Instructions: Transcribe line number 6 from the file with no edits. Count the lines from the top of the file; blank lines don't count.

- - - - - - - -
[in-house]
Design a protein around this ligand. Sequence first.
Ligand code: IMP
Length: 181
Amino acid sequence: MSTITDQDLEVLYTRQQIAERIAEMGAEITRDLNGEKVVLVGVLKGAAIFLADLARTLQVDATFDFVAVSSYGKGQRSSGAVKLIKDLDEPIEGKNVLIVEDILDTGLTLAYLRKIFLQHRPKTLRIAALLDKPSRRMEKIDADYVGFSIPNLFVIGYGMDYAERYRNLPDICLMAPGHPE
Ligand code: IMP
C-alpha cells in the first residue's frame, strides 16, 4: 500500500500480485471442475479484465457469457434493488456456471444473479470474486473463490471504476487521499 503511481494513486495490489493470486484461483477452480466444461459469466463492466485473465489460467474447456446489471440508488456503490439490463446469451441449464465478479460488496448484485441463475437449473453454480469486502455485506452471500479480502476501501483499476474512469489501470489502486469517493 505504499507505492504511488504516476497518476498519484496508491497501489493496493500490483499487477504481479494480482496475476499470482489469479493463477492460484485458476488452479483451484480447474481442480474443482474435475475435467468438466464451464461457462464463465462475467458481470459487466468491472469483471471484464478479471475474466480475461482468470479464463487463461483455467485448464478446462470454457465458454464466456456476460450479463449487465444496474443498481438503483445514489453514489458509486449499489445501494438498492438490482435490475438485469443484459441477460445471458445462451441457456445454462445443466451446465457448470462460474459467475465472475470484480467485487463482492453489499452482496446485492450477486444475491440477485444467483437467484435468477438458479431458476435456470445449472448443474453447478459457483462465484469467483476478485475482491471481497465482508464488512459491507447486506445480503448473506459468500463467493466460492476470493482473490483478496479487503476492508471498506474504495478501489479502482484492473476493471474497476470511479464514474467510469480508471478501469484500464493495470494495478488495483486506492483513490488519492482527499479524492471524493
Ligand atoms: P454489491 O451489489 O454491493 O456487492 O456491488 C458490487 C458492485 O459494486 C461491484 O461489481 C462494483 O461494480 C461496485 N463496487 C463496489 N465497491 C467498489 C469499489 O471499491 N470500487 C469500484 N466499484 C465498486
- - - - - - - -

Ligand code: IMP